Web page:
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WIRE: Oregon agency rejects per-se traffic safety laws for cannabis

Salem, OR — Lawmakers should not amend the state’s traffic safety laws or institute per se thresholds for cannabinoids, according to the recommendations of a new report issued by the Oregon Liquor Control Commission, which had been tasked with reviewing the state’s driving laws following the passage of legislation in 2015.

Authors concluded that intoxication due to alcohol, not marijuana, remains by far the greatest contributor to motor vehicle accidents and found “no evidence” of an “epidemic of THC-related collisions” post marijuana legalization.

They further reported, “[S]tudies that have been conducted tend to show an elevated risk of crashes while under the influence of THC, but generally a lower overall risk as compared to alcohol impairment.” Specifically, authors acknowledged that drivers with a blood alcohol level of .08 possess approximately a 400 percent increase in motor crash risk compared to sober drivers. By contrast, recent crash culpability studies of marijuana-positive drivers report an elevated risk of accident of 30 percent or lower.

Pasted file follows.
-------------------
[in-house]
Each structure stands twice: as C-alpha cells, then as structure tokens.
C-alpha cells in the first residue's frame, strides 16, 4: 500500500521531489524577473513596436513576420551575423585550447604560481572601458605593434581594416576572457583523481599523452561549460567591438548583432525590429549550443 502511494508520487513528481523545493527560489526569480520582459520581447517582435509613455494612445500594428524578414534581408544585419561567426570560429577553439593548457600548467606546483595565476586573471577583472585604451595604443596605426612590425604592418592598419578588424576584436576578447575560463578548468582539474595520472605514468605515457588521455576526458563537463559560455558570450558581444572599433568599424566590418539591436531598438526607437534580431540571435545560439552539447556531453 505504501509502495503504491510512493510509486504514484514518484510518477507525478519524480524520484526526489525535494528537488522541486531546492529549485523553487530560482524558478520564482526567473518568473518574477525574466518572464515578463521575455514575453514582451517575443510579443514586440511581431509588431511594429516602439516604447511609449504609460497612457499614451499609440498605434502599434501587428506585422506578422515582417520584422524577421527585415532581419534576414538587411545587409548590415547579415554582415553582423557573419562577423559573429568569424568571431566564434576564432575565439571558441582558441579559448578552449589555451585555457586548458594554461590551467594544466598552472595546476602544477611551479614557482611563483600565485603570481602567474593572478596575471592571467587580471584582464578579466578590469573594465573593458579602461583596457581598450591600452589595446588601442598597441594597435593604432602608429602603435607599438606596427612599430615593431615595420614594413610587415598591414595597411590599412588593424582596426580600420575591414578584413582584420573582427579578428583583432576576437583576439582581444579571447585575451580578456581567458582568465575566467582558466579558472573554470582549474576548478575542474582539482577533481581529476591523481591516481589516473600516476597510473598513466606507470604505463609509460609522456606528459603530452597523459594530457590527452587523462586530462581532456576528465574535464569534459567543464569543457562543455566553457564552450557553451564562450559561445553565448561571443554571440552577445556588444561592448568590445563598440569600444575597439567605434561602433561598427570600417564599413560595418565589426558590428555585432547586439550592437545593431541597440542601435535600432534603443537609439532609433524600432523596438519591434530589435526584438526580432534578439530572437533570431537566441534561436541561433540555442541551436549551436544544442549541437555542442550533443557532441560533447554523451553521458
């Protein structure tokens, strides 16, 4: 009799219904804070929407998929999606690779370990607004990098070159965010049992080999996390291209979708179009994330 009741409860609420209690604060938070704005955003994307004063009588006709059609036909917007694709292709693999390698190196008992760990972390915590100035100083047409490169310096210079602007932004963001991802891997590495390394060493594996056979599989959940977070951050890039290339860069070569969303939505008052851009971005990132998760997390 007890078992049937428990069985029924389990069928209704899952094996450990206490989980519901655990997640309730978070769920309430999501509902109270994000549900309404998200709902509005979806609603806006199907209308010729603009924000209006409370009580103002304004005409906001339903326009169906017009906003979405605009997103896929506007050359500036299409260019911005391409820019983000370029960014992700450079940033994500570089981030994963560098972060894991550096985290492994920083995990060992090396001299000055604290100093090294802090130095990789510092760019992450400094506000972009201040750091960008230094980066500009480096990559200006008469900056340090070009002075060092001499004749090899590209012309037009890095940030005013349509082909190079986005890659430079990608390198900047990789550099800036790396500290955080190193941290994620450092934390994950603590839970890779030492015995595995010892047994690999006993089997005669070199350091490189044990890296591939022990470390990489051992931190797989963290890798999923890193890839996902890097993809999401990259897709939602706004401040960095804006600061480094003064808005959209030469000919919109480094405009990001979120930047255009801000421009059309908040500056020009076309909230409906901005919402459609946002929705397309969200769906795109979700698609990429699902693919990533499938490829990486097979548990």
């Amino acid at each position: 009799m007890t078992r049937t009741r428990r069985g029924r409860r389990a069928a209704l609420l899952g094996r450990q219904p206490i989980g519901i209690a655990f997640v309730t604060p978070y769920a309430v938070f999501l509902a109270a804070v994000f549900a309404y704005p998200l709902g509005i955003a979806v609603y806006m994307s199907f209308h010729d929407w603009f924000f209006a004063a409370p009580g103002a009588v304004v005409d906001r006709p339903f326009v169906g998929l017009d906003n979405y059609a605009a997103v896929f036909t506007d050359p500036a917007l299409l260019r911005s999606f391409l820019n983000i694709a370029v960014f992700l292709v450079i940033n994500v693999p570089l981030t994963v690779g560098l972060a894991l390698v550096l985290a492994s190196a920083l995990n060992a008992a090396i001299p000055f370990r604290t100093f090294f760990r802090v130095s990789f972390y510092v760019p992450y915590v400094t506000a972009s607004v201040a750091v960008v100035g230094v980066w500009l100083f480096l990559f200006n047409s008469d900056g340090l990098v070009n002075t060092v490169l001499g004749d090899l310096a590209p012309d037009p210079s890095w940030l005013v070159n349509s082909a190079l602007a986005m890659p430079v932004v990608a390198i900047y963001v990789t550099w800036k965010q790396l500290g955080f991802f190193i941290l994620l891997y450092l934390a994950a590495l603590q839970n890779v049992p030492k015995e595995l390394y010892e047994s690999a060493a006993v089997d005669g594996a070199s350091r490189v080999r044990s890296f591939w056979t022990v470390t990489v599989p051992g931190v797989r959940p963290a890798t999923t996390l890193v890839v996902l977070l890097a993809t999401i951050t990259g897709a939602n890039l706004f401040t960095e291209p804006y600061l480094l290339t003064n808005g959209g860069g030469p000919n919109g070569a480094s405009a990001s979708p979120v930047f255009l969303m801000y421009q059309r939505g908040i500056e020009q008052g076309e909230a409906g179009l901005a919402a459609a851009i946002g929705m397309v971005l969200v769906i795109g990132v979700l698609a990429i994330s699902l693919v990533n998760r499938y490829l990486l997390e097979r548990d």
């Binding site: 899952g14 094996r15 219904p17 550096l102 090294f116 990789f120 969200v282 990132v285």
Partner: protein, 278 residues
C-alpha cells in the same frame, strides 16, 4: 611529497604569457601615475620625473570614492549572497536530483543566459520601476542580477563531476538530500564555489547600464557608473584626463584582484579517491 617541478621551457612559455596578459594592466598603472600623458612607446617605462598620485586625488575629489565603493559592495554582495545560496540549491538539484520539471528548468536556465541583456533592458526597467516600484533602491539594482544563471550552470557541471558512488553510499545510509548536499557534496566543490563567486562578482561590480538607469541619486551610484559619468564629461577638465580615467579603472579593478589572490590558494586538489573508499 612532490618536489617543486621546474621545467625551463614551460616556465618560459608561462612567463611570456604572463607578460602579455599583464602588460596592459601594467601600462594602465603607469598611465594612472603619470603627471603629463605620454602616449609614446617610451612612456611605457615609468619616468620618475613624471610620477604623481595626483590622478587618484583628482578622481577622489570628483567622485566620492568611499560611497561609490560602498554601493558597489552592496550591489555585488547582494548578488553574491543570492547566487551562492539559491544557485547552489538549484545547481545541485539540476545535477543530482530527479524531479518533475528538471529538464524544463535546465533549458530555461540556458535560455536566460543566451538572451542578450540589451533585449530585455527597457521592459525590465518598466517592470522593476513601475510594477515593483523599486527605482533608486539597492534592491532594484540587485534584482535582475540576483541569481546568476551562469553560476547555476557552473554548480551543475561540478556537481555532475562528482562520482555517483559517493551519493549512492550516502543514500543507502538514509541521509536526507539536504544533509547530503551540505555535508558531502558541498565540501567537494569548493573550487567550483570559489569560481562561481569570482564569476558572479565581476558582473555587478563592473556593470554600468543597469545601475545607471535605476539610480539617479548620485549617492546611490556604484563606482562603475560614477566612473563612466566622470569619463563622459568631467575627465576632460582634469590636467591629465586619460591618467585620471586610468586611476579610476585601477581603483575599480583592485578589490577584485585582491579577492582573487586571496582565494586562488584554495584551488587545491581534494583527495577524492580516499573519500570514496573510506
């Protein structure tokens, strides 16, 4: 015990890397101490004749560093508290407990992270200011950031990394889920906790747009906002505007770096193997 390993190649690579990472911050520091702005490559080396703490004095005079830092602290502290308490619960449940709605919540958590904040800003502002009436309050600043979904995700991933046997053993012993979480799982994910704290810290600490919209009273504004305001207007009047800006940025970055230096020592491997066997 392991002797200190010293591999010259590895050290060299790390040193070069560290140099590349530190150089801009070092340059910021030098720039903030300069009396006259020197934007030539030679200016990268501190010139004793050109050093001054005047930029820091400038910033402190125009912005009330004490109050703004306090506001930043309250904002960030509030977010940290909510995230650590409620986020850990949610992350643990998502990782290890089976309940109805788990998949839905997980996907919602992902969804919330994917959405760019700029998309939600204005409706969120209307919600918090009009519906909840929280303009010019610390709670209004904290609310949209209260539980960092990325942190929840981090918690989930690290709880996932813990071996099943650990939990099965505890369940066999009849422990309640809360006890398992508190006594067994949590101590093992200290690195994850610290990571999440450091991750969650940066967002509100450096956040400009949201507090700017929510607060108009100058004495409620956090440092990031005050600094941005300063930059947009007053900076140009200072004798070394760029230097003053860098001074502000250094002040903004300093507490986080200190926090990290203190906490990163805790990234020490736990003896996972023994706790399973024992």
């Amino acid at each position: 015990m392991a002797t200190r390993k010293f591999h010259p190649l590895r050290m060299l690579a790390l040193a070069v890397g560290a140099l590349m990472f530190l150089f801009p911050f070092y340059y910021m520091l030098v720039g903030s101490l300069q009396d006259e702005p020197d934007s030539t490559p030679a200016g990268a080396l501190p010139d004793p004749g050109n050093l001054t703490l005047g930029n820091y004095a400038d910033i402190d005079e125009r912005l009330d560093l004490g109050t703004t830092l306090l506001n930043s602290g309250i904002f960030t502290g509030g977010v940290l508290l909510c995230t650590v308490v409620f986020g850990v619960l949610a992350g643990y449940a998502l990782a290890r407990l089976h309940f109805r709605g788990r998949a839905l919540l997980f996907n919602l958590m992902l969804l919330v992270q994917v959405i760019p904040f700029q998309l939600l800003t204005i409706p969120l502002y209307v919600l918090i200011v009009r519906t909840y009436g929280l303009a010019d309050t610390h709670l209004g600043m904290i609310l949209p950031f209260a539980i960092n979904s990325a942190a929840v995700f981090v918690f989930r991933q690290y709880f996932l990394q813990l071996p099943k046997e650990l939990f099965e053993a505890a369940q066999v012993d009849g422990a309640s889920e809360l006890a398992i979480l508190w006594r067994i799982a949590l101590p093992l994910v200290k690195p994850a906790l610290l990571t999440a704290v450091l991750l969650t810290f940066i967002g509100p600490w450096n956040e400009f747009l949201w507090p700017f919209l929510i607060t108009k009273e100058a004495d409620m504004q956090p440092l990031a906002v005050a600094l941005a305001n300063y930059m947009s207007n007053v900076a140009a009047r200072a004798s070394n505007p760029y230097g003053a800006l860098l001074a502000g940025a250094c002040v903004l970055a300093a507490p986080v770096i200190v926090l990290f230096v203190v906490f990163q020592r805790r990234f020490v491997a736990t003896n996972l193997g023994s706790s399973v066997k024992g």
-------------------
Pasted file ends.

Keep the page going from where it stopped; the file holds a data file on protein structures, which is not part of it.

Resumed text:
Authors also rejected the idea of imposing per se limits that criminalize the act of operating a motor vehicle if the driver possesses detectable amounts of specific drugs or drug metabolites above a set threshold. Under these laws, drivers are guilty per se of violating the traffic safety laws even absent evidence of demonstrable impairment.

Authors acknowledged that evidence quantifying THC/blood levels with psychomotor impairment is not available at this time. Rather than imposing such non-scientific standards, they recommended the creation of standardized field detection tolls “that are able to detect recent use and impairment, separate from levels of THC that may be due to chronic but non-recent marijuana use.”

Recent reports by both the American Automobile Association and the US National Highway Traffic Safety Administration also reject the use of per se thresholds as predictors of cannabis-induced driver impairment.

For more information, please contact Paul Armentano, NORML Deputy Director, at: paul@norml.org.

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